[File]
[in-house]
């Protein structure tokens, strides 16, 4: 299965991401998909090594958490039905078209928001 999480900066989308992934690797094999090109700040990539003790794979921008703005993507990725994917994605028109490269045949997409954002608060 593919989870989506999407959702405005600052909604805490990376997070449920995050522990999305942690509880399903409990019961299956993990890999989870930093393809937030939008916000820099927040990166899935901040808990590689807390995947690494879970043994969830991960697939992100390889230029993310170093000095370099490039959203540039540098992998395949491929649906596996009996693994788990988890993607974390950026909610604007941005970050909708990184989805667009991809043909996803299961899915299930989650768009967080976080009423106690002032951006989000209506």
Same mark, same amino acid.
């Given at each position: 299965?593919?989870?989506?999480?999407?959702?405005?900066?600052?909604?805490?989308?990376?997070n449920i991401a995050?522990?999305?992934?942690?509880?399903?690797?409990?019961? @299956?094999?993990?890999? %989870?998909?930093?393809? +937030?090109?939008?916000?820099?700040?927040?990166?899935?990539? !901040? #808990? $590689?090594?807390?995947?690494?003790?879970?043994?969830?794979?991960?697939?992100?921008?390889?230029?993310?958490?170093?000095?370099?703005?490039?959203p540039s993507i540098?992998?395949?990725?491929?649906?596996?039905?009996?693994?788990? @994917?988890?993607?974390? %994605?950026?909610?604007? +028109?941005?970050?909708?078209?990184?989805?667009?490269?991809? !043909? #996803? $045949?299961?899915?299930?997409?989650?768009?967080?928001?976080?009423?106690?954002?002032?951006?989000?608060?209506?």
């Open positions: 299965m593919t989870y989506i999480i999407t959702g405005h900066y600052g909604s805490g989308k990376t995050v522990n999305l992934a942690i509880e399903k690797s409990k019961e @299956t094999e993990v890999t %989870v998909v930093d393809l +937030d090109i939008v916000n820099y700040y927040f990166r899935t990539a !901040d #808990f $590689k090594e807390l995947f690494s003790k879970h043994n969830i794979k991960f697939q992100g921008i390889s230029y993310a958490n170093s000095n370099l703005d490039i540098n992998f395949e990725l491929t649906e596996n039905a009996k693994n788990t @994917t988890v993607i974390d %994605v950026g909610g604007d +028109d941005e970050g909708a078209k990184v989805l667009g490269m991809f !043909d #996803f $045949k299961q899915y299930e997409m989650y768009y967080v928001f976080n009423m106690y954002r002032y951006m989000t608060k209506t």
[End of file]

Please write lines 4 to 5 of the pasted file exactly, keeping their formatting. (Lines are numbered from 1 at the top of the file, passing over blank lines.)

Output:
């Given at each position: 299965?593919?989870?989506?999480?999407?959702?405005?900066?600052?909604?805490?989308?990376?997070n449920i991401a995050?522990?999305?992934?942690?509880?399903?690797?409990?019961? @299956?094999?993990?890999? %989870?998909?930093?393809? +937030?090109?939008?916000?820099?700040?927040?990166?899935?990539? !901040? #808990? $590689?090594?807390?995947?690494?003790?879970?043994?969830?794979?991960?697939?992100?921008?390889?230029?993310?958490?170093?000095?370099?703005?490039?959203p540039s993507i540098?992998?395949?990725?491929?649906?596996?039905?009996?693994?788990? @994917?988890?993607?974390? %994605?950026?909610?604007? +028109?941005?970050?909708?078209?990184?989805?667009?490269?991809? !043909? #996803? $045949?299961?899915?299930?997409?989650?768009?967080?928001?976080?009423?106690?954002?002032?951006?989000?608060?209506?």
């Open positions: 299965m593919t989870y989506i999480i999407t959702g405005h900066y600052g909604s805490g989308k990376t995050v522990n999305l992934a942690i509880e399903k690797s409990k019961e @299956t094999e993990v890999t %989870v998909v930093d393809l +937030d090109i939008v916000n820099y700040y927040f990166r899935t990539a !901040d #808990f $590689k090594e807390l995947f690494s003790k879970h043994n969830i794979k991960f697939q992100g921008i390889s230029y993310a958490n170093s000095n370099l703005d490039i540098n992998f395949e990725l491929t649906e596996n039905a009996k693994n788990t @994917t988890v993607i974390d %994605v950026g909610g604007d +028109d941005e970050g909708a078209k990184v989805l667009g490269m991809f !043909d #996803f $045949k299961q899915y299930e997409m989650y768009y967080v928001f976080n009423m106690y954002r002032y951006m989000t608060k209506t």